• Cadet Leader Drill Course (CLC) Cadets who are selected to attend this course are taught more about Cadet Leadership, and other things such as advanced foot drills.
  • Overseas Educational Visits (OEV)[2]

OEVs are held at the Headquarters level.

- Brunei

A 5-day educational visit for selected secondary 2 cadets which includes exchanges with the Royal Brunei Police Force and Royal Brunei Police Cadet Force (PKP). NPCC made its inaugural visit in May 2011.

- Hong Kong

A 5-day educational visit for selected secondary 3 cadets which includes exchanges with the Hong Kong Police Force and Hong Kong Junior Police Call (JPC). NPCC made its inaugural visit in 2004.



  • SPF-NPCC Badge

The SPF-NPCC Badge was first launched in 1997 to give recognition to cadets with good leadership qualities and outstanding achievements. It is the highest award badge that cadets can vie for.[3]

  • Best Unit Cadet Badge

The Best Unit Cadet (BUC) award badge is awarded to two cadets for a mixed gender unit and one cadet for a single gender unit.

Cadet Inspectors and OfficersEdit

  • Commissioner of Police Awards
  1. Individual Commendation
  2. Individual Testimonial
  3. Team Commendation
  4. Team Testimonial
  • Service Medals (Officers only)[4]
  1. NPCC Service Medal (5 Years)
  2. NPCC Long Service Medal (10 Years)

A Clasp may be awarded to recipients of the NPCC Long Service Medal on the completion of each further 5‑year period of continuous and unbroken qualifying service subsequent to the date of completion of qualifying service for the NPCC Long Service Medal.


Laying the Groundwork

1959 – A pilot scheme was launched whereby a Police Cadet Corps (PCC) Unit was set up on an experimental basis. Bartley Secondary School formed the first unit with 30 cadets and a teacher officer.

2 June 1961 – The Police Cadet Corps Ordinance was enacted. All schools were given the approval to set up PCC units. Siglap Secondary School and Serangoon Garden Government High School were the first to form such units.

1963 – The PCC and the National Cadet Corps (NCC) came under the administration of the Ministry of Education (MOE) with the Director of Education as the Director of Cadet Forces and in the following year, the PCC recruited girl cadets. Two new units were formed in the Raffles Girls' School and Sang Nila Utama Secondary School.

1968 – Formation signs were introduced for unit identity.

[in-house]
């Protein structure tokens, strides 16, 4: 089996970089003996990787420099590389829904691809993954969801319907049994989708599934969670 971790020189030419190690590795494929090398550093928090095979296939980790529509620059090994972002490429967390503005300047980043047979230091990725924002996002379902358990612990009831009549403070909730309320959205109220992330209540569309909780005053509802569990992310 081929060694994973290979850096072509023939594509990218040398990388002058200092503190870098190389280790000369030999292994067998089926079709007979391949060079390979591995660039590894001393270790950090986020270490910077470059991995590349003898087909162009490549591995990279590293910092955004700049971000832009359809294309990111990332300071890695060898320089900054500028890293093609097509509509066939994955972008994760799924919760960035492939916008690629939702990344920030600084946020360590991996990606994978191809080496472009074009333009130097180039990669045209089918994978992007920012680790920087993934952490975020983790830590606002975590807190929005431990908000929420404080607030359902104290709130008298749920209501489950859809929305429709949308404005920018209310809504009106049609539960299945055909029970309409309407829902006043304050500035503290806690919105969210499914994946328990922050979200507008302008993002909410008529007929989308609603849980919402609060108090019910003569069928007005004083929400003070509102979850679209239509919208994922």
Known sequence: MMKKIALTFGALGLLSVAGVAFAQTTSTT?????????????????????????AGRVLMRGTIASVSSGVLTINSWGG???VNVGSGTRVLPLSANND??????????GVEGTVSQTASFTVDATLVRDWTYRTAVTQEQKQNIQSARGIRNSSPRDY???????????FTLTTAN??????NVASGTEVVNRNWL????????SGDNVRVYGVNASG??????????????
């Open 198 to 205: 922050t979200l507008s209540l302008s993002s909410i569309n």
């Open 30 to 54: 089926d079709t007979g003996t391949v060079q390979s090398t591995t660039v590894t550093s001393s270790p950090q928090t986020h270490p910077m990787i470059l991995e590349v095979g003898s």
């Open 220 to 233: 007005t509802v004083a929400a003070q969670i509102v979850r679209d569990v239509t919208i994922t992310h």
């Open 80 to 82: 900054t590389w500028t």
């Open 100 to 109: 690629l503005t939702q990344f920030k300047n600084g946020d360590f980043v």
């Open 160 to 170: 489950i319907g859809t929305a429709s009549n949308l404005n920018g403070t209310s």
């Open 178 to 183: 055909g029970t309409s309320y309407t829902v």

1969 – With the integration of PCC, Army, Air & Sea, the PCC was renamed National Cadet Corps (Police).

Consolidating The Ground

1970 – Cadet Inspectors' unit was formed from students in pre-university classes.

1971 – The NCC (Police) was renamed National Police Cadet Corps (NPCC). The NPCC band was also formed in the same year.

1972 – The "grey and khaki" uniform was changed to the present all-blue.

1973 – NPCC went on their first OEV to Indonesia.

1974 – The NPCC Council was established by an Act of Parliament.

1 April 1975 – The NPCC Council was inaugurated by the Minister for Education.

1976 – The NPCC Band recruited girl cadets.

1979 – The NPCC service medals and clasps were introduced for officers and a year later, Proficiency Badges for cadets were introduced.

Manoeuvering The Ground

1980 – This period of time saw many initiatives being introduced to the Corps: the proficiency badges were introduced in 1980 in the hope of generating greater interest and opening up avenues to challenge cadets to achieve and excel.

1982 – The NUS NPCC Unit was established in 1982 to allow ex-cadets to continue their involvement in the Corps. These ex-cadets are known as "Honorary Officers".

1983 – The NPCC Pledge and NPCC March were introduced in 1983 and 1984 respectively to nurture a distinct NPCC Culture.

1984 – The objectives of the Corps was modified in 1984 to reflect the intellectual dimension and national concerns while retaining the traditional emphases.

1987 – The NPCC Pulau Ubin Camp Site was officially declared open in 1987.

Soaring Above The Ground

1991 – NTU NPCC Unit was established in 1991. In the same year, the training wing of NPCC HQ assisted in the training of police officers in campcraft who were scheduled to go on their first UN Peace Keeping Mission in Namibia.

1994 – The Corps came closer to realise its dream to develop an NPCC Camp that could accommodate 750 campers when the Urban Redevelopment Authority leased to it a 26-hectare piece of land in Pulau Ubin in 1994.

1996 – The NPCC Mission Statement and Core Beliefs were formulated and adopted in 1996 to root the Corps in a strong and purposeful philosophy.

1997 – The most prestigious of the NPCC Badges – the SPF-NPCC Badge – was unveiled in 1997 and was awarded to 10 cadets in that same year during the NPCC Day Parade.